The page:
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Why is the half marathon so popular?

In recent years, there has been an explosion of half marathon races across the United States. Let's look at the stats. In 2000, there was only one half marathon ("Indianapolis 500 Half Marathon") with a total amount of finishers above 10,000, and only 4 with more than 5,000 finishers. In 2007, there were 10 with over 10,000, and 32 with 5,000 or more finishers. The nation's largest, the "Indianapolis 500 Half Marathon" grew from 18,000 to over 29,000 finishers in that time period. So why has the half marathon increased in participation? Here are some thoughts.

First of all, marathon race directors needed something else to gain participation. There were hardly any "in between" races between 10Ks and the marathon. Running a 10K and then thinking about the next step to running a marathon became intimidating for most recreational runners. So race directors decided to put in the half marathon along with their marathon to get more runners involved. The additional expenses are nominal and they basically run the same course. Now you see most city's half marathons are the same day as that city's marathon.

Secondly, like previously mentioned, is the intimidation factor, or lack thereof. A half marathon is not a daunting task to train for like a marathon. As seen over the years, on a July Saturday morning at Memorial Park, for example, the park is full of wannabe marathoners beginning their training for the "Houston Marathon". Then as October and November roll around, it is much easier to find a parking spot as the wannabes become less and less as the miles begin to take their toll on the body. Once runners begin to do double-digit miles every Saturday morning, injuries come up, fatigue, and the motivation factor dwindles. Training for a marathon is not easy, and only the strong survive. With that goes the training. A lot of moms and dads do the half marathon because of time constraints to train for the marathon. With soccer, baseball, etc. on Saturday mornings, it is easier to fit in a 10 mile run before the kid's game than a 20 mile run.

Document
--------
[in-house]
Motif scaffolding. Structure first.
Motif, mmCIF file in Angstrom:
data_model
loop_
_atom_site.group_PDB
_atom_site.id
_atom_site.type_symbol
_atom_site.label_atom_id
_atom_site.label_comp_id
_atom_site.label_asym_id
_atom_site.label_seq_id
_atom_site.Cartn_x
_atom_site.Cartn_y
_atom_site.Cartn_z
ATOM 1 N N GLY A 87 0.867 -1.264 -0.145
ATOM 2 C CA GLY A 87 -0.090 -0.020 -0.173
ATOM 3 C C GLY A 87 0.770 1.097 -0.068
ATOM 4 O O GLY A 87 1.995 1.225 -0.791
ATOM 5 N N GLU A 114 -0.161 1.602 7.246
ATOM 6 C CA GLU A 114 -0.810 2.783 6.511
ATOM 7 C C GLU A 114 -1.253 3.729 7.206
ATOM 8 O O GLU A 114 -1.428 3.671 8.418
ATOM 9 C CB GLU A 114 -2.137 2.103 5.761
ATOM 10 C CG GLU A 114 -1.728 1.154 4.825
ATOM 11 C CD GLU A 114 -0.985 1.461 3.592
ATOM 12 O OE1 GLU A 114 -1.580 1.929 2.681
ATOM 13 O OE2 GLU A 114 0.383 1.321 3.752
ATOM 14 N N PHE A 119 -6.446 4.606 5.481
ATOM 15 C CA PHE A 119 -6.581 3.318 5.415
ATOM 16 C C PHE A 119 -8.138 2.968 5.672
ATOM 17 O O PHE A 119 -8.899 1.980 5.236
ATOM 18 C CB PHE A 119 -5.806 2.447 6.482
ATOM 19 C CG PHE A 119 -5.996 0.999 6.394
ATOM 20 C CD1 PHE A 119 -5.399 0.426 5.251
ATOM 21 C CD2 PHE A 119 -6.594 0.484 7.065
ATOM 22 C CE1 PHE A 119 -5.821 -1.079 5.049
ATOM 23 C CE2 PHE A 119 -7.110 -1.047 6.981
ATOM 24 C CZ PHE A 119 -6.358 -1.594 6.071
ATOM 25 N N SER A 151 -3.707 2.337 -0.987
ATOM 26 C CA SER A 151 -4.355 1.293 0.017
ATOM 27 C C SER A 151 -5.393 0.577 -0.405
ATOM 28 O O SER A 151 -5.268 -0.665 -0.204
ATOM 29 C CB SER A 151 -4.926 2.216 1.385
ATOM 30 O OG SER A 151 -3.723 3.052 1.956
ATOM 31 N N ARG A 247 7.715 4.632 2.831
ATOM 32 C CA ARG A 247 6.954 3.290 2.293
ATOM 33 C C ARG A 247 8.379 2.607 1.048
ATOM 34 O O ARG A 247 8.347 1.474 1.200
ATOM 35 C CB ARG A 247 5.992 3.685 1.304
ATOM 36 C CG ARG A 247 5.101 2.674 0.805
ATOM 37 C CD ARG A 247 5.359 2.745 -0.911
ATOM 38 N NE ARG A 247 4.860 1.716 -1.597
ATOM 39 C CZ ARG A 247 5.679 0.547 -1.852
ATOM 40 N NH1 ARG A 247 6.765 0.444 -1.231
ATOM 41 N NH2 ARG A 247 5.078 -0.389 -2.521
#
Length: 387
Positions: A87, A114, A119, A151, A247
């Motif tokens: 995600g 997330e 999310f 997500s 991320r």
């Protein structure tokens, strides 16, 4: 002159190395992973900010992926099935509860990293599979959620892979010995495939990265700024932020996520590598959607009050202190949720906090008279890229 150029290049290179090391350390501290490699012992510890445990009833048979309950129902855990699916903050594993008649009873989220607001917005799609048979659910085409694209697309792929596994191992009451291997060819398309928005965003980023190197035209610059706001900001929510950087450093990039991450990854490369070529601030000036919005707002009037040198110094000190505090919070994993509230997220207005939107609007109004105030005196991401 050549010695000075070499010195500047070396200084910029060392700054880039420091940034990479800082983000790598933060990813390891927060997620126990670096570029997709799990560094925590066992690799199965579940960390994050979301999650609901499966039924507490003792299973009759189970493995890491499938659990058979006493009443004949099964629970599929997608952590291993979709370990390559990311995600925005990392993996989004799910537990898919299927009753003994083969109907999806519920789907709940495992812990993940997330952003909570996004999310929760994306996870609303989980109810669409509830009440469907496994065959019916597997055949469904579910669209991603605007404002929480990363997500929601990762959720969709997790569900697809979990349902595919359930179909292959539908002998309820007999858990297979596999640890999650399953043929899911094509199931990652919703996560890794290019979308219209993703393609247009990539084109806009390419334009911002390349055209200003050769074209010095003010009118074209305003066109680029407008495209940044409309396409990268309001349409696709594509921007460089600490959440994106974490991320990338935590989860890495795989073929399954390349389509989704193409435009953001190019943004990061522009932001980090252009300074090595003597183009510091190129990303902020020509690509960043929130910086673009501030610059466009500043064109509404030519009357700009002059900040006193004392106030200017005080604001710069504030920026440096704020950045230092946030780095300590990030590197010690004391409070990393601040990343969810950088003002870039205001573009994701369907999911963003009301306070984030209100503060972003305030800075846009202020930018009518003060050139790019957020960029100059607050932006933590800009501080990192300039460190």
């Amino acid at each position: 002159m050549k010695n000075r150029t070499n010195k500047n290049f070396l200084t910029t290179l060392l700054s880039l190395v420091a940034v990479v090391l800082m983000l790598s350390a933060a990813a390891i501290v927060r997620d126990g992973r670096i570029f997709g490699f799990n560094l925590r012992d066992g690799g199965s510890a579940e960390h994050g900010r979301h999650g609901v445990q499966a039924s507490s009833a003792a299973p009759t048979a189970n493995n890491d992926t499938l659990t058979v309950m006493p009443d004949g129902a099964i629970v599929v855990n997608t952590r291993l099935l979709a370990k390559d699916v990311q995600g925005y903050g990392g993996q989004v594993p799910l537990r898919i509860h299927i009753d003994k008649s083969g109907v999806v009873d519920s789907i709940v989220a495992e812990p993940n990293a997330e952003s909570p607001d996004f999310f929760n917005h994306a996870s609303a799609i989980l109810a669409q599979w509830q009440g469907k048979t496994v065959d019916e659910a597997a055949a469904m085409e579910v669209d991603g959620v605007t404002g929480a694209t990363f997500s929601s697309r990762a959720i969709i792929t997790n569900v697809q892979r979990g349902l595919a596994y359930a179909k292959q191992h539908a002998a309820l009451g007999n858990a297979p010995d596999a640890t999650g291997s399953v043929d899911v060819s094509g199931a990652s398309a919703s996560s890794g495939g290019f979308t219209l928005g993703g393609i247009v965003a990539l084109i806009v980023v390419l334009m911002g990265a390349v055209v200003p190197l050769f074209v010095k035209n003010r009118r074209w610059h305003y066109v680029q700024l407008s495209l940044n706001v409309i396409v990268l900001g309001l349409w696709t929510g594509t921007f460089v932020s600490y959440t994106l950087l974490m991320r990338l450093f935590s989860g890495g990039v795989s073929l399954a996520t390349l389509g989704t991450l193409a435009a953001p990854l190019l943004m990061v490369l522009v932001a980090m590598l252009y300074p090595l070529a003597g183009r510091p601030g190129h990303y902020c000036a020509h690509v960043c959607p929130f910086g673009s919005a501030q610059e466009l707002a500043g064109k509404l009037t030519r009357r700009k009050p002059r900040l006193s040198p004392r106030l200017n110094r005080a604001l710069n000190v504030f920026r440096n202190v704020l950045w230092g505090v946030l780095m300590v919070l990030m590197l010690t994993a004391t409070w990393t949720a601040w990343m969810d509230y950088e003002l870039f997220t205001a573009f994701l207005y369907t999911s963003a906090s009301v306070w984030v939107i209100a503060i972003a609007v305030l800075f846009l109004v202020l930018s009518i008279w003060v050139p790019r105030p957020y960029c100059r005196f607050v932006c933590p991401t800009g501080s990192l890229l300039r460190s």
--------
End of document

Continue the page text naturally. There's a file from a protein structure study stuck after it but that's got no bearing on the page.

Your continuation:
Thirdly, there has also been an explosion of walkers to the scene. With some marathons there is a stringent time limit to complete the marathon, and thus walkers cannot complete the marathon (unless they are race walking) in under six or seven hours. With the half marathon, the race directors are a little more lenient with the time constraints and figure most halfmarathoners can finish a half marathon in under four hours.

Another point is that, if there is a half marathon along with the marathon, one can see other family members who have been inspired to train for the half marathon come along and run the half marathon with the person who is doing the marathon. It can now be a family affair and not just about focusing on the person running the marathon. Everyone wins!

Lastly, a person feels that they are in pretty good shape if they can run 13.1 miles. Whether it was ran in under one hour or under three hours, a sense of accomplishment has just been made. They feel like a runner now. Every time at the park there are at least a handful of people who are wearing a half marathon Finisher's T-shirt. They are proud of their accomplishment, and they want everyone to know it. Yes, finishing a half marathon is a great accomplishment!

Credits - WorldwideRunning.com would like to thank the website Runner One (www.runnerone.com) for the authorization to reprint the article "Half Marathon Popularity" by Tim Neckar.


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